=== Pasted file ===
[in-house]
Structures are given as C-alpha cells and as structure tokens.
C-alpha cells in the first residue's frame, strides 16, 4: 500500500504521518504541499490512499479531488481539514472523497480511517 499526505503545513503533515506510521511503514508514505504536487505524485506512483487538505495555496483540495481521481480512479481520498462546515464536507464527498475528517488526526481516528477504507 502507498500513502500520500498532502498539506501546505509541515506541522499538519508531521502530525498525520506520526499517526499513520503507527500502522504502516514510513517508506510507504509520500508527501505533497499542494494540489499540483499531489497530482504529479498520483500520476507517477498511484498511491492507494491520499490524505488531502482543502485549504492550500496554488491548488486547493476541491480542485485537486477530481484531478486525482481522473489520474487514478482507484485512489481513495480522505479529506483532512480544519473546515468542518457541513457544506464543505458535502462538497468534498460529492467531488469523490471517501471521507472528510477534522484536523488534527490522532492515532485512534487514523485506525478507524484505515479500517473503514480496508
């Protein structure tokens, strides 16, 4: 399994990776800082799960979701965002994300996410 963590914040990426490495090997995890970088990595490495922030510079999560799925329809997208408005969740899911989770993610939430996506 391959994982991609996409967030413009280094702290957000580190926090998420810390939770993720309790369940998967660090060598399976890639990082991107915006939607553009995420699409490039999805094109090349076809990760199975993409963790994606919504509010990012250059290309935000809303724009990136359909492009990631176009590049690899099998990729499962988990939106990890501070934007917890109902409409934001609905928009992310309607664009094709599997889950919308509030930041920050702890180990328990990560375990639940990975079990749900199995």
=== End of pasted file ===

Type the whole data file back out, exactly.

[in-house]
Structures are given as C-alpha cells and as structure tokens.
C-alpha cells in the first residue's frame, strides 16, 4: 500500500504521518504541499490512499479531488481539514472523497480511517 499526505503545513503533515506510521511503514508514505504536487505524485506512483487538505495555496483540495481521481480512479481520498462546515464536507464527498475528517488526526481516528477504507 502507498500513502500520500498532502498539506501546505509541515506541522499538519508531521502530525498525520506520526499517526499513520503507527500502522504502516514510513517508506510507504509520500508527501505533497499542494494540489499540483499531489497530482504529479498520483500520476507517477498511484498511491492507494491520499490524505488531502482543502485549504492550500496554488491548488486547493476541491480542485485537486477530481484531478486525482481522473489520474487514478482507484485512489481513495480522505479529506483532512480544519473546515468542518457541513457544506464543505458535502462538497468534498460529492467531488469523490471517501471521507472528510477534522484536523488534527490522532492515532485512534487514523485506525478507524484505515479500517473503514480496508
């Protein structure tokens, strides 16, 4: 399994990776800082799960979701965002994300996410 963590914040990426490495090997995890970088990595490495922030510079999560799925329809997208408005969740899911989770993610939430996506 391959994982991609996409967030413009280094702290957000580190926090998420810390939770993720309790369940998967660090060598399976890639990082991107915006939607553009995420699409490039999805094109090349076809990760199975993409963790994606919504509010990012250059290309935000809303724009990136359909492009990631176009590049690899099998990729499962988990939106990890501070934007917890109902409409934001609905928009992310309607664009094709599997889950919308509030930041920050702890180990328990990560375990639940990975079990749900199995």